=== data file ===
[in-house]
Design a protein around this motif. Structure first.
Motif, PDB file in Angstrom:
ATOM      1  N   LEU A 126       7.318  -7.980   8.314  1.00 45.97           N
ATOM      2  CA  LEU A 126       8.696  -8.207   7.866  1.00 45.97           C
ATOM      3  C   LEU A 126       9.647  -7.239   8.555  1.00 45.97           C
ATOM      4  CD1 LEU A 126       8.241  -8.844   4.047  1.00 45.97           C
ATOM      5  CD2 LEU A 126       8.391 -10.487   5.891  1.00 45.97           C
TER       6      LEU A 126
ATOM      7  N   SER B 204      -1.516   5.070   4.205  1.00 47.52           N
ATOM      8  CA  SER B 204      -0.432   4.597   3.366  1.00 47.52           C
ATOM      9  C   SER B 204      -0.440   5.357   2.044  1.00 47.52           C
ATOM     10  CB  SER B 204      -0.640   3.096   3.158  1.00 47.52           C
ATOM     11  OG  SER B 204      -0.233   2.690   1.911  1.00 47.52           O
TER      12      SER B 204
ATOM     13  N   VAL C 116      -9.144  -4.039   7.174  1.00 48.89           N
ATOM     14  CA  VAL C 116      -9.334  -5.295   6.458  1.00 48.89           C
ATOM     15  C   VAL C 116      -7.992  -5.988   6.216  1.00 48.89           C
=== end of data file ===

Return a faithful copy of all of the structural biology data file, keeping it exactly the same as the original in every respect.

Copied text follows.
[in-house]
Design a protein around this motif. Structure first.
Motif, PDB file in Angstrom:
ATOM      1  N   LEU A 126       7.318  -7.980   8.314  1.00 45.97           N
ATOM      2  CA  LEU A 126       8.696  -8.207   7.866  1.00 45.97           C
ATOM      3  C   LEU A 126       9.647  -7.239   8.555  1.00 45.97           C
ATOM      4  CD1 LEU A 126       8.241  -8.844   4.047  1.00 45.97           C
ATOM      5  CD2 LEU A 126       8.391 -10.487   5.891  1.00 45.97           C
TER       6      LEU A 126
ATOM      7  N   SER B 204      -1.516   5.070   4.205  1.00 47.52           N
ATOM      8  CA  SER B 204      -0.432   4.597   3.366  1.00 47.52           C
ATOM      9  C   SER B 204      -0.440   5.357   2.044  1.00 47.52           C
ATOM     10  CB  SER B 204      -0.640   3.096   3.158  1.00 47.52           C
ATOM     11  OG  SER B 204      -0.233   2.690   1.911  1.00 47.52           O
TER      12      SER B 204
ATOM     13  N   VAL C 116      -9.144  -4.039   7.174  1.00 48.89           N
ATOM     14  CA  VAL C 116      -9.334  -5.295   6.458  1.00 48.89           C
ATOM     15  C   VAL C 116      -7.992  -5.988   6.216  1.00 48.89           C